Do you find anything morally amiss in an American economy that pays so poorly for hard-working, but low-skilled, fast-food labor? Explain.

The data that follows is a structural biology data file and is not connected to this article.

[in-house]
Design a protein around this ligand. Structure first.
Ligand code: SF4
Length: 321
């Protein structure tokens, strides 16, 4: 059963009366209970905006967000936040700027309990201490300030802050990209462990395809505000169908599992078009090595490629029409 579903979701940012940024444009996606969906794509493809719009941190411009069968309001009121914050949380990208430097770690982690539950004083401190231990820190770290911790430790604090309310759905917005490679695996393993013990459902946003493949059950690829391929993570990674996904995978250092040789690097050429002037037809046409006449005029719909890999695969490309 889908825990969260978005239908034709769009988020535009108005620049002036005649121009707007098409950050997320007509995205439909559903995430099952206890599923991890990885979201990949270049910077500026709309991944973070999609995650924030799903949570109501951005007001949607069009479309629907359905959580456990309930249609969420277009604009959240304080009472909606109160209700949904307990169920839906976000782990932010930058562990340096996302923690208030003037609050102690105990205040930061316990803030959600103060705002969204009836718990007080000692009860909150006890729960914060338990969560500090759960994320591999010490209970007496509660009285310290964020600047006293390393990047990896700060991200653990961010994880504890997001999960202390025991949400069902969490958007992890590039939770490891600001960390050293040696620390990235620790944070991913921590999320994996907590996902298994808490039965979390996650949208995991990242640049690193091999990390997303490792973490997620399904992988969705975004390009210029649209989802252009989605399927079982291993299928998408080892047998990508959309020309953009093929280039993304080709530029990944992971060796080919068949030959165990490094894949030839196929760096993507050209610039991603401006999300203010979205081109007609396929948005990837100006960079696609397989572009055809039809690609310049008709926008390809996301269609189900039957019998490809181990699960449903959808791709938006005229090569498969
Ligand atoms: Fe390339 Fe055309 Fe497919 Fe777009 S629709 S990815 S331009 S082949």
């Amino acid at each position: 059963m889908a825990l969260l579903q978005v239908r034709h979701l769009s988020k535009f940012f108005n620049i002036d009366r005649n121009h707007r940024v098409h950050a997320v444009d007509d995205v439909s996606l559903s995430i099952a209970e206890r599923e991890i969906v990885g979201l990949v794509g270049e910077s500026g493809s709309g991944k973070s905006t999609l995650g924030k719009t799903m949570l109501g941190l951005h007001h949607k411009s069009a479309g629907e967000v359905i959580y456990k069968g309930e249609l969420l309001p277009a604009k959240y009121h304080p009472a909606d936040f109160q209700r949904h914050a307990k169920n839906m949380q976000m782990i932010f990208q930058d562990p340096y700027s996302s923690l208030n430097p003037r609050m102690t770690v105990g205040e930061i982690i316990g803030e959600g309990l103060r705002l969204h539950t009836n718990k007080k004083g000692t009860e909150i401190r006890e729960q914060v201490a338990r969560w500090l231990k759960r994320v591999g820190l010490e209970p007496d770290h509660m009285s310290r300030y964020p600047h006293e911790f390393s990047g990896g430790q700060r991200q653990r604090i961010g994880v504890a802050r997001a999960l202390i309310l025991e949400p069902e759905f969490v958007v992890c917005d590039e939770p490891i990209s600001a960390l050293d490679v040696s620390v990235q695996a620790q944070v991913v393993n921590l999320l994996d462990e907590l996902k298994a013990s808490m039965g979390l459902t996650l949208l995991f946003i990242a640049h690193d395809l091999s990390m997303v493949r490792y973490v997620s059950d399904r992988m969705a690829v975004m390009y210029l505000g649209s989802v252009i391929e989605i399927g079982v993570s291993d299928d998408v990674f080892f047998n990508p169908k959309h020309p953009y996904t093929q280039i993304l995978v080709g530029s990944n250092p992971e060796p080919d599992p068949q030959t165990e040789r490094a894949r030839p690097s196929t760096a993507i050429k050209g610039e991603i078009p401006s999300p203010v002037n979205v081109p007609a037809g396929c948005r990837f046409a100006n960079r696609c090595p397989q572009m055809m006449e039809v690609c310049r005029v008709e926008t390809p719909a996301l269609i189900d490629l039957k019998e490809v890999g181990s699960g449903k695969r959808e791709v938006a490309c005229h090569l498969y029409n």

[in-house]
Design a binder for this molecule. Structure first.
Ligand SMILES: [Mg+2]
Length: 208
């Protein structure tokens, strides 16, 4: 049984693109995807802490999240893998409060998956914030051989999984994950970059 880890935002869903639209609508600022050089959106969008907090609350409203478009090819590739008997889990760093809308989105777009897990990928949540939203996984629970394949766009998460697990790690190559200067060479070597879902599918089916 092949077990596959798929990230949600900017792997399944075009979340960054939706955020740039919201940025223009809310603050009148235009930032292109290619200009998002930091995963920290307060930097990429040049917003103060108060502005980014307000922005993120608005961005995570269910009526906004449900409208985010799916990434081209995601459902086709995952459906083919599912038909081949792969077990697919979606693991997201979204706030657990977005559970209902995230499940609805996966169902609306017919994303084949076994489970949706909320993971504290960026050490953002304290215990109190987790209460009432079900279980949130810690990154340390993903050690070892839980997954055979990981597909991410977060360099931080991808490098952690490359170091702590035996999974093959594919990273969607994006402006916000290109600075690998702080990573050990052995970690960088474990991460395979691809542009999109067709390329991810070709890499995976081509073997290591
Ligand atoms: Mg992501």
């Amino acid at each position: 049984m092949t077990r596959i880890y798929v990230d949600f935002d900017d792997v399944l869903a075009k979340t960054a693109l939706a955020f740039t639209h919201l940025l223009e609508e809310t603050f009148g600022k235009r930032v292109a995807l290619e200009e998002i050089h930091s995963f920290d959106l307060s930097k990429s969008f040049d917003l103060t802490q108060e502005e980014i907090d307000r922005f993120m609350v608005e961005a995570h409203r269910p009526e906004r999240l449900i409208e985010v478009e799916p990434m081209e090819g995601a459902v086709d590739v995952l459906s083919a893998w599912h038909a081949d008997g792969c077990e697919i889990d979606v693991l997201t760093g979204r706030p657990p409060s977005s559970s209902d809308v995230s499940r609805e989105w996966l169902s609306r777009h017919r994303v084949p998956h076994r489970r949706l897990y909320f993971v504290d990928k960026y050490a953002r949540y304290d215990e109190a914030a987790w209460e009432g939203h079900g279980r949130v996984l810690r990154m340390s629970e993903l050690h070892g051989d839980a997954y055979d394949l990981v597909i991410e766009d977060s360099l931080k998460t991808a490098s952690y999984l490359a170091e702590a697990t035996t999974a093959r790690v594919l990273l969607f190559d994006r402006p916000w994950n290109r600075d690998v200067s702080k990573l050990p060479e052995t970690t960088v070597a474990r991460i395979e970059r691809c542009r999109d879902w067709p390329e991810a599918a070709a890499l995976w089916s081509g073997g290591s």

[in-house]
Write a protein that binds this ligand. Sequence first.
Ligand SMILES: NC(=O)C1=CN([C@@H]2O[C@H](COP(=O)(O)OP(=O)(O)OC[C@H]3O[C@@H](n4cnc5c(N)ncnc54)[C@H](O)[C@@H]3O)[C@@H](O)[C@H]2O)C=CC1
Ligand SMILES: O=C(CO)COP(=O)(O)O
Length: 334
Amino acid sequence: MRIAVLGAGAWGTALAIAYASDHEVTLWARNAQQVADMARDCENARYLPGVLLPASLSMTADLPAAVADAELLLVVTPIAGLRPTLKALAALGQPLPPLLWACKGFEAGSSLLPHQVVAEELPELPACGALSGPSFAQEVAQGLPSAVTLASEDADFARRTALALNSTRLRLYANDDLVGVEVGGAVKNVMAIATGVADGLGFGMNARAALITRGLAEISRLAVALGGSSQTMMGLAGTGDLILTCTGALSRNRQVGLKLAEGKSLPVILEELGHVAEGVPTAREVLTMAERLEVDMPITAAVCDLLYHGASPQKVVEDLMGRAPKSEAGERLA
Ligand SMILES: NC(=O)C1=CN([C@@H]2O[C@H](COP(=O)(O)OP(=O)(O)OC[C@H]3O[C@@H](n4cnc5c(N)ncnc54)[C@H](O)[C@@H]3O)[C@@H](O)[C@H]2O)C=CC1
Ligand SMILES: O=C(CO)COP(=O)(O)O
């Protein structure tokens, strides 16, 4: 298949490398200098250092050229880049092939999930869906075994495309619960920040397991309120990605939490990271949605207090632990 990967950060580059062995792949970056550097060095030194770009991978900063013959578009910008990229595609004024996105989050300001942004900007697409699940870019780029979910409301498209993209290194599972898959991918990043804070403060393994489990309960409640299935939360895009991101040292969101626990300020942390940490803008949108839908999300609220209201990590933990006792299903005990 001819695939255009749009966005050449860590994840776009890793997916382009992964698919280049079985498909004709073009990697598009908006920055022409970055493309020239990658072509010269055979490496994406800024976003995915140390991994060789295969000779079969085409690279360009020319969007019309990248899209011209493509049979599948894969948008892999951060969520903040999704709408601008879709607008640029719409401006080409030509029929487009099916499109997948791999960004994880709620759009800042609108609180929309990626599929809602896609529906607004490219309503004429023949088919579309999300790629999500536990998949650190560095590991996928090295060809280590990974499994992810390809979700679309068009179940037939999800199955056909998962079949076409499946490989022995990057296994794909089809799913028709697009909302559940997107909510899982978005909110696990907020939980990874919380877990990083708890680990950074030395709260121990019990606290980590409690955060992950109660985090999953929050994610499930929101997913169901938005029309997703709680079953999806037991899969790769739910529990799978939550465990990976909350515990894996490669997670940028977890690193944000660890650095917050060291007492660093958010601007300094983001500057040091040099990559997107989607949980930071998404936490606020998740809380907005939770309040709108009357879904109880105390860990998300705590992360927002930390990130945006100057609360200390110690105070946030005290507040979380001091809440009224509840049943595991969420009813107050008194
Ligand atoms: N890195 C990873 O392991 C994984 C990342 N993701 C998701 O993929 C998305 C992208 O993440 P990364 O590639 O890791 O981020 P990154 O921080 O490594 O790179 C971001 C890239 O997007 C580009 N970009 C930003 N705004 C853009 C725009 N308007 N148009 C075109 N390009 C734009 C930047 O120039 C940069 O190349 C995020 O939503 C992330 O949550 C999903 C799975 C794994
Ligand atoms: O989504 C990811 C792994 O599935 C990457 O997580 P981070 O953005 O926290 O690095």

Social Responsibility Cases Two to Four: Wages Case Two: Fast-Food Pay Unfair/Unconscionable? Caroline Durocher, a fast-food server at a Taco Bell restaurant in Seattle, Washington, joined co-workers in walking off the job in late May 2013, thus shutting down the restaurant. Seattle became at least the seventh U.S. city facing strikes by fast-food workers. Durocher made $9.19 per hour and worked about 27 hours per week. She had been working on an associate of arts degree and had hopes of becoming a psychologist, but economic difficulties forced her to leave school. Durocher explained why she went on strike: My employer has pushed and pushed my co-workers and me and gotten everything they can out of us. This week we joined together and pushed back. I was one of the first fast-food workers to walk off the job . . . in Seattle, and . . . more workers are continuing to take a stand for a raise to $15 an hour and the right to organize without retaliation. We work in one of the fastest growing industries in the nation, and our companies are making huge—even record—profits, but we don’t see enough of that money. We barely earn enough to pay for basics like rent, food and transportation to and from work. I have worked low-wage jobs since I was 16 years old, and now, at 21, am reluctantly sharing a studio apartment with my dad, working the late shift at Taco Bell.126 Seattle strikers also targeted Wendy’s, McDonald’s, Subway, and others. Chicago, New York City, St. Louis, and Detroit are among the other cities where fast-food workers went on strike, rallied, and demonstrated for $15 per hour wages and the right to organize without retaliation. The National Restaurant Association, responding to the strikes, said that the fast-food industry offers an entry to the American Dream and argued that margins are tight: It’s important to remember that a typical restaurant operates on an average of 3–4 percent pretax profit margin, and more than 90 percent of restaurants are small businesses. Any additional labor cost can negatively impact a restaurant’s ability to hire or maintain jobs.127 The U.S. Census Bureau’s poverty threshold is about $23,000 for a family of four.128 Fast-food workers nationally—median age 28, two-thirds of whom are women— when working 40 hours weekly, average about $8.76 per hour ($18,000 annually), a sum lower than all other reported occupations.129 Big box retailers and fast-food chains are projected to provide 7 of 10 available jobs in the next decade as the U.S. economy is expected to continue reducing middle-class jobs while corporate wealth grows.130 Case Two Questions 1. a. Should the socially responsible company pay low-wage, fast-food workers more than the market requires? Explain. b. Is the free market the best measure of a “fair” wage for all? Explain. 2. Do you find anything morally amiss in an American economy that pays so poorly for hard-working, but low-skilled, fast-food labor? Explain. 3. Should we, as consumers, blame ourselves for the low wages of fast-food workers? Explain.


 

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